Astria Ascending is a beautiful hand-drawn RPG set in a vibrant world and has a twisting narrative filled with plenty of sacrifice and betrayal. It’s definitely been influenced by classic Japanese RPGs, which is not a surprise when you consider that some of its development team have previously worked on the Final Fantasy franchise. While it clearly has old school roots the gameplay has some much needed quality of life improvements, although these are sadly not enough to stop the game from feeling a little bit too grindy at times.
The game is set in the world of Orcanon, a diverse place filled with lots of different races who are all able to live together peacefully thanks to the power of Harmony. Every three years a number of people are selected to become demi-gods and are given great power in order to defend the world. While it’s a great honour to be chosen it’s also somewhat bittersweet. The power they get is limited to just three years and once it’s gone they pass on from this world.
The current group of eight demi-gods has just three months left of their term and some of them are handling this better than others. Despite having worked together for the last few years they don’t seem to particularly like each other. Hearing them make derogatory remarks about each other's race doesn’t exactly endear them to you and it does make you question this supposedly harmonious world.
You’d hope that with the main city coming under attack from monsters the demi-gods would be able to put aside their differences and pull together. Sadly, that doesn't seem to be the case. As you travel across the world you’ll find out more about everyone’s background, but many of the things that get revealed aren’t particularly interesting and a lot of the story twists are fairly predictable. There doesn’t seem to be much character development either, which means that by the time the end credits roll around you’ll wonder what the point of it all was.
While the story falls a little flat the gameplay is where things pick up a bit. Much of your time will be spent exploring the many dungeons where you’ll need to make your way through 2D fields by jumping across platforms and solving puzzles using your elemental powers. None of these sections are particularly tricky but they add a fun dynamic to the dungeons and help to break up the many fights you’ll encounter.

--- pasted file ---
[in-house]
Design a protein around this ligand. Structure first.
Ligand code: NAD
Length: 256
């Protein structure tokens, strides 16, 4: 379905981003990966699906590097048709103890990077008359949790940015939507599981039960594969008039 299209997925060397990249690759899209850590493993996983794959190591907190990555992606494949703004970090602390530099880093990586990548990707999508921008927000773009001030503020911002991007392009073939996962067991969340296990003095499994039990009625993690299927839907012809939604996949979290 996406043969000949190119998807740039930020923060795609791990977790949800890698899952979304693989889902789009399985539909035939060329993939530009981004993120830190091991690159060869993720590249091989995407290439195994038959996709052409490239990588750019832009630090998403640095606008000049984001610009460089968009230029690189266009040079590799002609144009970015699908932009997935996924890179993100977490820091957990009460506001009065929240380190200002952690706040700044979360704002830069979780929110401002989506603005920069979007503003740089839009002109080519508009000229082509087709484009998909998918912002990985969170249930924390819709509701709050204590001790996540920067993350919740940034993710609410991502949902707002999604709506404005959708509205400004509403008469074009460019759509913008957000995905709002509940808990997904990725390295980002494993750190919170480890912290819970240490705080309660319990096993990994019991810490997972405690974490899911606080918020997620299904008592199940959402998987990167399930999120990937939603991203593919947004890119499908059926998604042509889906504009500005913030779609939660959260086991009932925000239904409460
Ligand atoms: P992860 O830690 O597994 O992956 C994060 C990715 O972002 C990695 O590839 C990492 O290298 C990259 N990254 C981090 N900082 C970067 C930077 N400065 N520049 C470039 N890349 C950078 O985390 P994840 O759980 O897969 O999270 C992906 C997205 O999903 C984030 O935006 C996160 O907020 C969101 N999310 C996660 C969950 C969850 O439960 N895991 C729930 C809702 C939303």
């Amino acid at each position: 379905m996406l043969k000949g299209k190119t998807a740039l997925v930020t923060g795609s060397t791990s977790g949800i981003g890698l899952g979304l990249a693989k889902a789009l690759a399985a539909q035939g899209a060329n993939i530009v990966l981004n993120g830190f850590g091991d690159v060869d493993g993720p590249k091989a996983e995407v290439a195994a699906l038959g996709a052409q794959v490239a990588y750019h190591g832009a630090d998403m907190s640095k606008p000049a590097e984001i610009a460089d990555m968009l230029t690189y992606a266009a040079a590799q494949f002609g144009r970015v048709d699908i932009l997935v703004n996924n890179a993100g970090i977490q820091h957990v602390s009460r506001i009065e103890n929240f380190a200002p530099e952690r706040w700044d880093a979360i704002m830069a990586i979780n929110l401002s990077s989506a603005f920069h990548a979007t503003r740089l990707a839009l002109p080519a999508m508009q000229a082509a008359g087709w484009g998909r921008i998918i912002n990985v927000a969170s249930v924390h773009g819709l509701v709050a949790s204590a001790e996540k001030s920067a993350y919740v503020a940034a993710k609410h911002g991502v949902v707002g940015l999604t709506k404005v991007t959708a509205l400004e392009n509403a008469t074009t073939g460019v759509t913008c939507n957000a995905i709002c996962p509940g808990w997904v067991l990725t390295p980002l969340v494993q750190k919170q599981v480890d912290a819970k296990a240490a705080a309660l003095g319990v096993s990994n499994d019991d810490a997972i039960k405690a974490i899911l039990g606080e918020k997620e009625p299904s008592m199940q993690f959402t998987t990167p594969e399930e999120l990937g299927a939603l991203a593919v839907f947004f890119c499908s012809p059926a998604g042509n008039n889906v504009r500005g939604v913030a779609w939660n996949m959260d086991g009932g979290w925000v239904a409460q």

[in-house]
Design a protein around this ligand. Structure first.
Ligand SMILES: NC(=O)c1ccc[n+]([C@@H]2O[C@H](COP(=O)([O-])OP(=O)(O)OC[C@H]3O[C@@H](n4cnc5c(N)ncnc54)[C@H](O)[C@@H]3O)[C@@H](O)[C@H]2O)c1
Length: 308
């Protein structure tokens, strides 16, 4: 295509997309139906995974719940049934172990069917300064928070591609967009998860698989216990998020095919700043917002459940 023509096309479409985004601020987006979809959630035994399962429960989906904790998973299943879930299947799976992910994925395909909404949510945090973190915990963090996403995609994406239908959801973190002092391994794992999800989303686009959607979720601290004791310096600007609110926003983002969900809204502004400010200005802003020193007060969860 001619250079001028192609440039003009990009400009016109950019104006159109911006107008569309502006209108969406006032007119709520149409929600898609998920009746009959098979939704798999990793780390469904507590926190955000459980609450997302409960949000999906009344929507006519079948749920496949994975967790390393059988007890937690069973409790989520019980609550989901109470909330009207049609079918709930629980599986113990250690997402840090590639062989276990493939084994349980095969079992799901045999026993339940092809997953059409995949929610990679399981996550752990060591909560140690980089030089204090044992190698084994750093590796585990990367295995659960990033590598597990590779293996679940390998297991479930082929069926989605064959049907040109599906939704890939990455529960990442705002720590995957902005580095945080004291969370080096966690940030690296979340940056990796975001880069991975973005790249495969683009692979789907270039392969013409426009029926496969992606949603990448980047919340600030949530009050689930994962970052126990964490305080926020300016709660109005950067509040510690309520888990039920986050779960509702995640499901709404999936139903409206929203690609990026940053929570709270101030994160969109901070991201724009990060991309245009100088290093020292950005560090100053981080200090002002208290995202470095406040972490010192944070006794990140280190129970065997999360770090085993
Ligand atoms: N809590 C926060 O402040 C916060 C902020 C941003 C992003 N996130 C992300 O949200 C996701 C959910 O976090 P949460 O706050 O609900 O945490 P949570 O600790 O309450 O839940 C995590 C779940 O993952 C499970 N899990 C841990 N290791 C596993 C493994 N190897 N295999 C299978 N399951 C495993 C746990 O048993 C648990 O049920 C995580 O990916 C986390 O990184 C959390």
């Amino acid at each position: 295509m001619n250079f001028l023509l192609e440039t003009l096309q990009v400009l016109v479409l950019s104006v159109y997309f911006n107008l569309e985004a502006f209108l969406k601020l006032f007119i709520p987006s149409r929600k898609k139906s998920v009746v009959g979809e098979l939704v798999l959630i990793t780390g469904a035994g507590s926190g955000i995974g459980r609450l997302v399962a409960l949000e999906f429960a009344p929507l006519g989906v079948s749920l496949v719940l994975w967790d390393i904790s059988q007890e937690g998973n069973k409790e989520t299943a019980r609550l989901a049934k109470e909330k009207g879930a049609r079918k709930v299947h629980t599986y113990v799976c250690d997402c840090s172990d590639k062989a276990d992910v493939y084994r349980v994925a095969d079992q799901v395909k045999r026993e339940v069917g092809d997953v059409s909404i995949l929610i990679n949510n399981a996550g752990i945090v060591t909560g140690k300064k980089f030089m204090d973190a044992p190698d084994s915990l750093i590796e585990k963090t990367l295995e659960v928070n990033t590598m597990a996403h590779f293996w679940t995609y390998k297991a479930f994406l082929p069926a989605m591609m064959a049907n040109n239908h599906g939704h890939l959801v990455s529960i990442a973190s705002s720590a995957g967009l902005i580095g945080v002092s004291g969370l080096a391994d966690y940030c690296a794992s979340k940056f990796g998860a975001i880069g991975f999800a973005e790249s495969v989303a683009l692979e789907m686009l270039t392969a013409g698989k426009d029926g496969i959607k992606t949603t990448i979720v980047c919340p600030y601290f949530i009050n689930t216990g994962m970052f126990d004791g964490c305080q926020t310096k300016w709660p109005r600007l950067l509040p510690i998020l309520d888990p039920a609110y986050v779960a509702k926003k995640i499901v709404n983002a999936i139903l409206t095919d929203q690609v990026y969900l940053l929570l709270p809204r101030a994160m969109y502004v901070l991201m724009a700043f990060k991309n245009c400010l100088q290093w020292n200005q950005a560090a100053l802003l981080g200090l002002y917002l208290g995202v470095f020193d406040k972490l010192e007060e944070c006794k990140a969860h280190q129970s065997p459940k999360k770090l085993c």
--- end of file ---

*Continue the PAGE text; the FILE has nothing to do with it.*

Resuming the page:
Indeed, the dungeons are absolutely teeming with enemies and as soon as you touch one you’ll be whisked away to a battlefield for some turn based combat. Monsters can quite easily thrash you if you don’t pay attention to the Focus system. Hitting an enemy’s weakness will give you a focus point which you can save up to massively boost your next attack. Of course, enemies can also do the same to you which is why it’s important to pay attention to everyone’s strengths and weaknesses.
Some fights can feel a little unfair, with enemies that have the ability to cast spells that can stun your whole party for a number of turns. Having to sit around and watch as the bad guys cut away large chunks of your health can be very frustrating. It‘s quite easy to feel overwhelmed in every new dungeon you enter, so you’ll end up grinding away to make sure you’re strong enough to survive each encounter.
Every demi-god has a branching skill tree where you’ll be able to unlock new abilities and higher stats by using points gained from battle. As there are different pathways to take it really feels like you can tailor each character in whatever way you think is best. There’s an almost dizzying number of ways to build each character especially when you start unlocking new job classes.
The game is pretty flexible, not just in how you level up your characters, but also in how you want to play. If you want to make the game feel more retro then you have the option to only have characters who participate in battle gain experience. On the other hand, if you’re looking for a more streamlined adventure then you can enable the options that let you see weaknesses without scanning every enemy, or see treasure chests and quest icons on the in-game map. Being able to save anywhere you want is also a very welcome feature.
There are also quite a lot of optional activities for you to take on if you decide you want a break from the main story. These range from typical side-quests, to hunting monsters, arena battles, as well as a mini-game where you can collect tokens and use them to battle against other in-game players. These activities definitely vary in quality. Having to backtrack through dungeons you’ve already explored to find an item or monster just feels like a way to stretch out the game’s length instead of adding anything of value to the experience.
Performance wise, we ran into quite a lot of bugs during our time with the game. Most of these were fairly minor but they seemed to increase in frequency the further through the game we got. It was pretty annoying to not be able to pre-emptively start battles as the ability to hit enemies before a fight would randomly decide not to work. There was also a very strange instance where the game froze and, once it had been reloaded, a dungeon puzzle had somehow managed to solve itself. Again, none of these bugs were game-breaking, but they were frequent and annoying.
Astria Ascending is a beautifully hand-drawn game with an old school JRPG feel. It tries to keep the experience modern with some much needed quality of life improvements, but annoying bugs hold it back. It’s a bit of a shame that the story is fairly forgettable but the fun combat system does help alleviate this to an extent. With a very detailed job system and plenty of optional side content to get involved with, there is entertainment to be found here if don’t mind the grind — but as an overall role-playing adventure, Astria Ascending has clear flaws.